Today there are more options than ever for recycling concrete. The construction, sand and gravel, and related industries have made a big push to capture and deal with this bulky material in a responsible manner. Their efforts are making a difference; in fact, one modern recycling machine can recycle over 140 tons of concrete per hour! How can you recycle concrete from around your home? If you are involved in a remodeling project, you may be able to recycle and reuse your concrete onsite. If not, check with your local solid waste management agency to see if they accept concrete for recycling, or see if your community has a private company that can put it back to use. We also have a few good ideas for reusing concrete.

What is concrete?

Concrete is a mixture of cement and aggregate that has been crushed to a range of sizes, from very fine to somewhat chunky. When the mixture gets wet, the cement acts as a paste that holds the rock together and creates extremely strong structures. To make concrete, a manufacturer needs to get the correct mix of cement and rock. According to the Portland Cement Association, the typical combination is 10-15% cement, 60-75% rock, and 15-20% water. (Portland refers to the type of cement, not the city.) Concrete is heavily (pun intended) used in construction and may make up the foundation, driveway, sidewalk, even the walls of a home. It holds bricks and other types of building blocks together. It can be used in very large structures such as dams and skyscrapers, and very small things such as stepping stones and garden sculptures. In addition to its strength and versatility, the World Business Council for Sustainable Development points out that concrete is revered for its affordability, durability, natural fire resistance, and excellent thermal mass (which means it makes very energy efficient buildings). Producing concrete requires much less energy than some other types of building materials, including aluminum and steel.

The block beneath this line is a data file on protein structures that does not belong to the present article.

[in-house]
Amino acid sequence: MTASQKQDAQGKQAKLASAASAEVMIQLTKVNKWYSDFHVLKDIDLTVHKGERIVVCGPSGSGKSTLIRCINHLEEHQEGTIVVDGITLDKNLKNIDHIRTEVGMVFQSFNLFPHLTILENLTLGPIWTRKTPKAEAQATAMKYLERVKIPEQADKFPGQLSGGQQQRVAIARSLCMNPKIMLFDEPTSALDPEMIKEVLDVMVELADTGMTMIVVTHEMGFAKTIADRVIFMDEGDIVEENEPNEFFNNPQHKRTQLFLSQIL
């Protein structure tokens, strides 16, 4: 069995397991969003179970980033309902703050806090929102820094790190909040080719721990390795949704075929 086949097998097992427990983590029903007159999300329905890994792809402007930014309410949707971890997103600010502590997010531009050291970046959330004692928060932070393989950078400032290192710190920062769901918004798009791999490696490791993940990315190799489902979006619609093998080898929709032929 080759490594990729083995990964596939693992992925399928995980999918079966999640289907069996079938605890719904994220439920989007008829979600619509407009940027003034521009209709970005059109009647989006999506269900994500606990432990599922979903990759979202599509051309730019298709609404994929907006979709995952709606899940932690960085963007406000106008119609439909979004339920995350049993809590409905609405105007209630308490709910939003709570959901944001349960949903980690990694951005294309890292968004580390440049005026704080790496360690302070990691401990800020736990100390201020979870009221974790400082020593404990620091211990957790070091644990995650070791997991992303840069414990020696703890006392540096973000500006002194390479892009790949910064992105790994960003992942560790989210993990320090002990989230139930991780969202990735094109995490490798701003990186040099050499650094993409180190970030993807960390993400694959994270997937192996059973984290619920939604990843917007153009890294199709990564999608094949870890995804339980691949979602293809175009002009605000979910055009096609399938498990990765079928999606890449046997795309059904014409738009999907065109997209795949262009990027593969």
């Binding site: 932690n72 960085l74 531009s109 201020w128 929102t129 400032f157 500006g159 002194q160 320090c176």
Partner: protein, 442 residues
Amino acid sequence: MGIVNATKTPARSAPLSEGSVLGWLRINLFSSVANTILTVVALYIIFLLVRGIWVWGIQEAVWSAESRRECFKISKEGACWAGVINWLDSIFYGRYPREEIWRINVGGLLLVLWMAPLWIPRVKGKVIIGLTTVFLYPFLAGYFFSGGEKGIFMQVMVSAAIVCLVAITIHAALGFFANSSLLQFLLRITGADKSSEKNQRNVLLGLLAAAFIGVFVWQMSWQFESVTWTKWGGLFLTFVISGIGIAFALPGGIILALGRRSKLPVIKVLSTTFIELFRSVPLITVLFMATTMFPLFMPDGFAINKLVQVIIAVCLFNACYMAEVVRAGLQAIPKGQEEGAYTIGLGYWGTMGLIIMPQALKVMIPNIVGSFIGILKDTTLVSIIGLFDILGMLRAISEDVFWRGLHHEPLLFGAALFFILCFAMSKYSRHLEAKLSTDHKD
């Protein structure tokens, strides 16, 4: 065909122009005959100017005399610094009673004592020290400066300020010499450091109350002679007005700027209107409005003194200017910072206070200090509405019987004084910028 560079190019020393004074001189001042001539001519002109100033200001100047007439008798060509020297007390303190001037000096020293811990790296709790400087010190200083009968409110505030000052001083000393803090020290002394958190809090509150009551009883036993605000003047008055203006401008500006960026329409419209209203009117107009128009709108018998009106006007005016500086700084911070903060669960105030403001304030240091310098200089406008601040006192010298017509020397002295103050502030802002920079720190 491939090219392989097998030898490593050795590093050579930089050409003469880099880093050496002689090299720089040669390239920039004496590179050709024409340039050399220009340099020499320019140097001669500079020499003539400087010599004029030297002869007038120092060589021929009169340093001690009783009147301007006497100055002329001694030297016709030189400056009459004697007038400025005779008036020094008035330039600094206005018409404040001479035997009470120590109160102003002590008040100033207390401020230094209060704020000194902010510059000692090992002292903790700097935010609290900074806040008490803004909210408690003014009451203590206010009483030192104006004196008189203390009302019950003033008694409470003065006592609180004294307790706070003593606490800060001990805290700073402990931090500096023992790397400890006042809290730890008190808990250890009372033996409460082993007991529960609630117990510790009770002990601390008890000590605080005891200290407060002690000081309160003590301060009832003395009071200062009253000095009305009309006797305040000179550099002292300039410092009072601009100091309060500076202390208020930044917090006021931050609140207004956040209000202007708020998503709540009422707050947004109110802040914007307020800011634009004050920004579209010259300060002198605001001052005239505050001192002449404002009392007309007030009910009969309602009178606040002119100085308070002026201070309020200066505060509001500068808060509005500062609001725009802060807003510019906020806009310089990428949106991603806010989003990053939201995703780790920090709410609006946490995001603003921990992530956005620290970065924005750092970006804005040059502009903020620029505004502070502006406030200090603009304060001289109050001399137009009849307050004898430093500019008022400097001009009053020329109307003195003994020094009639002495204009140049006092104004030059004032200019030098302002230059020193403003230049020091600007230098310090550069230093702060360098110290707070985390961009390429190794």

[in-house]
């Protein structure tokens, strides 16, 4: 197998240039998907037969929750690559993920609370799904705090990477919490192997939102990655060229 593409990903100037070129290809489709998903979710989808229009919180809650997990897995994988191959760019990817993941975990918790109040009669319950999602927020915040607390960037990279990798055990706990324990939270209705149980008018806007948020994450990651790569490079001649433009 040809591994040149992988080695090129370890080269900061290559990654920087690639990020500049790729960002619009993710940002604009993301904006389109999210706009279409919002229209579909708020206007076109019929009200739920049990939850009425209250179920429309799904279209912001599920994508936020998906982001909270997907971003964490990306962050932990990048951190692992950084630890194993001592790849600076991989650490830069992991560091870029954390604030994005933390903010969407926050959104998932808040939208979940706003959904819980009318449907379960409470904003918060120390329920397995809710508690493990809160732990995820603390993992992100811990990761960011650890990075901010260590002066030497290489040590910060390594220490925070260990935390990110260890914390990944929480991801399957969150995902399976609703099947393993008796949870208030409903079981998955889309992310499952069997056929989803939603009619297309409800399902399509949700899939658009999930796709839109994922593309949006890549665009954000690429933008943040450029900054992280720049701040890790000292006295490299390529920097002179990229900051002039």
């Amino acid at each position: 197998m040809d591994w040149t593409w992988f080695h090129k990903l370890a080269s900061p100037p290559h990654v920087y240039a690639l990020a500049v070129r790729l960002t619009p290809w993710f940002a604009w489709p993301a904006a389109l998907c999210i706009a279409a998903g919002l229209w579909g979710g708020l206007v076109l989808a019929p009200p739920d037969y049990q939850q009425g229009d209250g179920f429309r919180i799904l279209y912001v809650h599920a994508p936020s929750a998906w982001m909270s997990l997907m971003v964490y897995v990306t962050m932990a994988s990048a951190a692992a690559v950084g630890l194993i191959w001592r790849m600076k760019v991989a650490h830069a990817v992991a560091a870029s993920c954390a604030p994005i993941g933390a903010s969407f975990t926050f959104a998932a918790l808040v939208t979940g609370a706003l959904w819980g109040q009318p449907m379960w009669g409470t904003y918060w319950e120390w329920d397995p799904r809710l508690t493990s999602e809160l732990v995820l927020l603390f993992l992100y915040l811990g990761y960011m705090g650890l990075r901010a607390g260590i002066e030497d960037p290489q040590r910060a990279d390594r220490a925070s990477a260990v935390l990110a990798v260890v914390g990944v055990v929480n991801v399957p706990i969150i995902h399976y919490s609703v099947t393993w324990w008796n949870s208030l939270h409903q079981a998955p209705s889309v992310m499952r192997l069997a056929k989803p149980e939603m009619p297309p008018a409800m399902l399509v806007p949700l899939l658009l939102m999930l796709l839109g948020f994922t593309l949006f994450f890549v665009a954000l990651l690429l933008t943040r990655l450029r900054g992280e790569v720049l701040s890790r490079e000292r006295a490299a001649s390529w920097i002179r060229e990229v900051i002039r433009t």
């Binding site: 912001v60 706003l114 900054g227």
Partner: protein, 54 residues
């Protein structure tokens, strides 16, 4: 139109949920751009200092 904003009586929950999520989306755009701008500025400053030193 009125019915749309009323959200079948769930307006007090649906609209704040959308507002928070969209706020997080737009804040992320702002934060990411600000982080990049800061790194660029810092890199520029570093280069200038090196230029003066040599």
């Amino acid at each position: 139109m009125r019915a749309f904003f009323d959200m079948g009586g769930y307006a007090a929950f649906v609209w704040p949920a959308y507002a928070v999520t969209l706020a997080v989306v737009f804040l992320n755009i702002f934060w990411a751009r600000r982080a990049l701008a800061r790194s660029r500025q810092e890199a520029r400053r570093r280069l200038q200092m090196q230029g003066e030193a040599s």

Why should you recycle concrete?

There are a number of reasons to recycle concrete. First of all, it will take up a lot of space in a landfill, and it will never biodegrade. When making new concrete, used concrete can be ground up and used to replace some of the other types of aggregate in the product. This is important because rock and gravel must be mined and transported to a construction site. Mining is water-intensive and tough on the land, so it’s good to avoid doing it whenever possible. Throw in the carbon emissions that come from transporting material (especially very heavy rock) and the environmental impact of your aggregate can be quite high. Studies are beginning to show that including some recycled concrete in new concrete can actually improve its performance. CrushCrete, a construction material recycling company in Bethlehem, Pennsylvania, shares a couple interesting facts. New concrete with some recycled content mixed into it performs better than an all-new product. Recycled concrete is actually lighter, which means it is less expensive to haul and less expensive to buy.

How to recycle concrete

Concrete is part of a recycling category called “construction and demolition” (or C&D) waste. For years, the only place that would take construction waste was the local landfill. Then governments and solid waste management companies got wise to how much space concrete, wood and other construction debris were taking up. Now, C&D waste is typically diverted to its own landfill or (even better) recycled. Companies and homeowners are finding that using recycled concrete saves them time and money as well as lowering their carbon footprint. If you are involved in a construction project that involves demolishing a lot of concrete, see if your contractor can find a way to use it in the new structure. Old concrete can be broken up onsite using a portable crushing machine and used as an underlay to stabilize a roadbed or driveway. Large pieces can be used to build retaining walls. Recycled concrete can be used in other projects around the home. Flat pieces can become stepping stones or be used to build planter boxes or garden beds (the material is very inert and will not leach chemicals into your soil). If you do not have a place to reuse concrete pieces around your house, the blog Apartment Therapy recommends calling an eco-minded landscaping company to see if they would like it for projects. Some of them are even willing to come pick up the material so you don’t have to load and haul it yourself. If none of those are options for you, check to see if there is a place that will accept concrete for recycling in your community. That location may be a publicly sponsored recycling center like the Davis Street Transfer Station in Oakland. It could also be a private company like Braen Stone in Haleon, New Jersey, which takes old concrete and turns it into the Recycled Concrete Aggregate (RCA) that goes into recycled concrete.